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For Hawaii Hockey Players To Make It Far, Don’t Underestimate The Importance Of Thinking Big

Author’s note: In case you don’t make it to the end of the story, I wanted to point out that near the end there are four videos from four different vantage points of the same beautiful goal scored during a summer hockey camp game — a rarity!!!!


As you read this article, I ask that you don’t lose sight of the fact that it is being written to show the importance of THINKING BIG. That’s something that won’t be super evident in the text until the latter parts, so … keep reading.

Hawaii has had a ton of hockey talent through the years and it continues to improve.

Hockey in Hawaii, you ask? The Ice Palace opened for hockey in 1982 and then inline hockey took the state by storm starting in the early 1990s at a dozen or so outdoor facilities.

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With the Ice Palace closed for renovations starting in 2020, the most viable outlet for hockey enthusiasts has been Kapolei Inline Hockey Arenas, which has given players on inline skates (with wheels) a popular and air-conditioned alternative to the ice version of the game since 2010.

At the moment, the Ice Palace website reads “Opening Soon,” giving the ice players hope that they can return to their favorite form of exercise. 

Meanwhile, the KIHA website is full of results and schedules from all of the age group divisions from 8U to 15U.

In addition, KIHA is sending seven teams — 6U, 8U, 10U, 12U, 14U, women’s and men’s — to the National Roller Hockey Championships Finals, July 8-17, in Irvine, California.

A men’s team from Kona is also playing at that tournament.

So, yes, Hawaii is on the map in the inline hockey world.

In the following video clip, Jaden Nahoi-Baricar, who grew up learning hockey at KIHA, is shown playing for the Arizona State Sun Devils last season. During the clip, the announcers mention that he is from Hawaii and that there is a lot of hockey being played there at a really nice facility.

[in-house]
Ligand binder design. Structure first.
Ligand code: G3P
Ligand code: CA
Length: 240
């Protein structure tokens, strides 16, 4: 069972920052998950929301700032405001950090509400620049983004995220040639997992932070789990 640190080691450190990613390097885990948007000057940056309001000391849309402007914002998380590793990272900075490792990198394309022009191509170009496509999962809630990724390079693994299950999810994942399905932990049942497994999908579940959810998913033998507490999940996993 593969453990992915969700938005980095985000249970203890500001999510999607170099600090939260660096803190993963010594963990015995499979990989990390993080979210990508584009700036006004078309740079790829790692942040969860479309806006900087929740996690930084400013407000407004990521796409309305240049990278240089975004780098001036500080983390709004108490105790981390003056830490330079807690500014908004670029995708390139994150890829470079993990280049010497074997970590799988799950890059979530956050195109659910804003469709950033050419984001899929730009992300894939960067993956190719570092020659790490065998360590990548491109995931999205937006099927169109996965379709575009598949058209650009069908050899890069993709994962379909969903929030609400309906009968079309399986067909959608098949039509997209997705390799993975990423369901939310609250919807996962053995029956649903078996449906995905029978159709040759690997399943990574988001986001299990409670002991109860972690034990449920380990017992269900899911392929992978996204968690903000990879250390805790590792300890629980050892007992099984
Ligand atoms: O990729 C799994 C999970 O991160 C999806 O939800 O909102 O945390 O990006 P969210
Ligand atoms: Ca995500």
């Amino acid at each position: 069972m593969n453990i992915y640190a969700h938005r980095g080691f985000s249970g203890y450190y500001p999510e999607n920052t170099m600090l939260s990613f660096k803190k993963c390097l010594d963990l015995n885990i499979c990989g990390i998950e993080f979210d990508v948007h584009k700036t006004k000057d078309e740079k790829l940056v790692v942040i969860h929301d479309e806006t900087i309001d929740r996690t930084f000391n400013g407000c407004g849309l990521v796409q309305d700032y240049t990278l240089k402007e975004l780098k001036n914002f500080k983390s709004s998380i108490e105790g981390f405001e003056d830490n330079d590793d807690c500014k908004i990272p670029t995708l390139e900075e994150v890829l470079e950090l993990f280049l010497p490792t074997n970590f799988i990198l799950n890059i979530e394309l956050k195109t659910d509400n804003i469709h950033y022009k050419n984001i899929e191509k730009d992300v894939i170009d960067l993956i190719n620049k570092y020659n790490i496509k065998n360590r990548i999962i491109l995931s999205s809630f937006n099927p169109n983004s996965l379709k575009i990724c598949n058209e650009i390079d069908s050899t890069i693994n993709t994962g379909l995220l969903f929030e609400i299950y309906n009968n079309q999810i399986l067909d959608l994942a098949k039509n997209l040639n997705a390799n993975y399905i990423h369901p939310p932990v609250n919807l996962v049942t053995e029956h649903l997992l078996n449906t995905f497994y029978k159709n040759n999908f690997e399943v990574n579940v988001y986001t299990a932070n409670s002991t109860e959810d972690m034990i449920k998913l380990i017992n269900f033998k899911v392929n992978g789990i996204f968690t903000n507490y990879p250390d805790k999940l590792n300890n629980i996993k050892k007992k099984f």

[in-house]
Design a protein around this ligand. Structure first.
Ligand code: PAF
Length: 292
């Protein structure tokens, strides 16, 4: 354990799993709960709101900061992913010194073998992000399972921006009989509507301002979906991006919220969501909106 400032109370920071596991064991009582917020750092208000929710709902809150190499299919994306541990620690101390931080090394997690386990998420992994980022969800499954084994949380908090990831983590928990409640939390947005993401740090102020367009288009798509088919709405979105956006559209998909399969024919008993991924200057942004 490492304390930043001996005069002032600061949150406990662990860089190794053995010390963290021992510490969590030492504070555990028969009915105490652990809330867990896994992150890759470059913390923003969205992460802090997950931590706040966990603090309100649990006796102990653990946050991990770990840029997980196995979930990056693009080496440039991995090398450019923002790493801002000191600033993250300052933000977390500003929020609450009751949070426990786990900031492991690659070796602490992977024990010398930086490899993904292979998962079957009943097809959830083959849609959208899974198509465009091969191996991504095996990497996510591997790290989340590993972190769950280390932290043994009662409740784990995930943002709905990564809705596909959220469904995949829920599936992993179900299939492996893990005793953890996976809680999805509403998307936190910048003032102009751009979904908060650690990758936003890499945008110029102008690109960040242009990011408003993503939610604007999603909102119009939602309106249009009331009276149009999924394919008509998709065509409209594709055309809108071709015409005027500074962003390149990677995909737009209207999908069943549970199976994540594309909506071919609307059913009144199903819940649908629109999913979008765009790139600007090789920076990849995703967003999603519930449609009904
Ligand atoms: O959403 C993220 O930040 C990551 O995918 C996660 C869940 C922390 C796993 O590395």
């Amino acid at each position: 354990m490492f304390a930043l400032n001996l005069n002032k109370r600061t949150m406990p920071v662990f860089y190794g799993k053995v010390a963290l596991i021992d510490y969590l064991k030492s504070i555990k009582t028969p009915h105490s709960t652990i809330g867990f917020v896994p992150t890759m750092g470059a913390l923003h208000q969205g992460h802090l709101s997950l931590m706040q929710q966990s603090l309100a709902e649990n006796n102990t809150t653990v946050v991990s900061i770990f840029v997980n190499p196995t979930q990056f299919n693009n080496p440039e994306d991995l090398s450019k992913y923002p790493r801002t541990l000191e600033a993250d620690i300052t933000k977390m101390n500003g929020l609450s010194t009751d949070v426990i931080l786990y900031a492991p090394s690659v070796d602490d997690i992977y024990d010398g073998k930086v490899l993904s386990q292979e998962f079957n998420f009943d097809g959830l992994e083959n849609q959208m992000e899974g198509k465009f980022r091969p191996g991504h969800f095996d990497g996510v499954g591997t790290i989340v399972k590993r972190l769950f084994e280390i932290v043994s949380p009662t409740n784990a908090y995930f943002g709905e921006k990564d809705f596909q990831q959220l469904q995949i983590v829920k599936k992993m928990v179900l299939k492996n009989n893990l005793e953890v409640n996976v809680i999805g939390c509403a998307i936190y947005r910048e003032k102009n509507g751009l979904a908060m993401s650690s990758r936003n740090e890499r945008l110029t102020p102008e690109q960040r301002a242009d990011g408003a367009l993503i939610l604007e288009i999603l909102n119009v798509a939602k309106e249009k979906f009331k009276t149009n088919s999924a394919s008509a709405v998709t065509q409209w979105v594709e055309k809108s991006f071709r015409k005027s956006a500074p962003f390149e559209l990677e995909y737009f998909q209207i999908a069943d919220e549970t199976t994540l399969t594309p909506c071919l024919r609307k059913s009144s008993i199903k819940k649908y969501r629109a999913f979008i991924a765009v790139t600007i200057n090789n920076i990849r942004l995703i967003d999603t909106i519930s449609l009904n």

Nahoi-Baricar (inline) and Lance Hamilton and Zach Pamaylaon (ice) are at the forefront of the Hawaii to mainland hockey talent brigade, and Bedrock Sports Hawaii has covered their mainland achievements extensively in the past.

And now, we bring you some new-found video of Hamilton and Pamaylaon:


Lance Hamilton (above) scoring on a breakaway for the Elmira Junior Enforcers of the United States Premier Hockey League.


Top-notch quality video of Zach Pamaylaon (on team with red jerseys above) coming through with two assists (at the 0:39 mark and 0:55) and a goal (2:01) for Bryn Athyn during the 2019 season, when the school was in NCAA Division III.


Kawena Lee And Kyler Okamoto Are Back At Wisconsin Camp

Two more Hawaii inline players are on their way to mainland careers. Right now, they’re at a camp in Wisconsin for the second summer in a row.

They are Kawena Lee, who will play for Bethel University this fall, and Kyler Okamoto, who is still a young pup going into his sophomore year of high school. They’re making themselves known.

What will follow (eventually) are four videos of Lee and Okamoto sent to me by their parents — Nicole Lee and Scott Okamoto — from the Wisconsin camp, where, it sounds like, the players are having an incredibly fun time.

The four videos are from four different vantage points of the same incredible goal in which they pass the puck to each other several times.

But to properly set the stage, let’s first take a look at two other videos of similar plays, including a goal by Ondrej Palat of the Tampa Bay Lighting on a pass from Nikita Kucherov in the Tampa Bay Lightning’s 5-4 overtime loss to the Colorado Avalanche in Wednesday’s Game 1 of the Stanley Cup Final: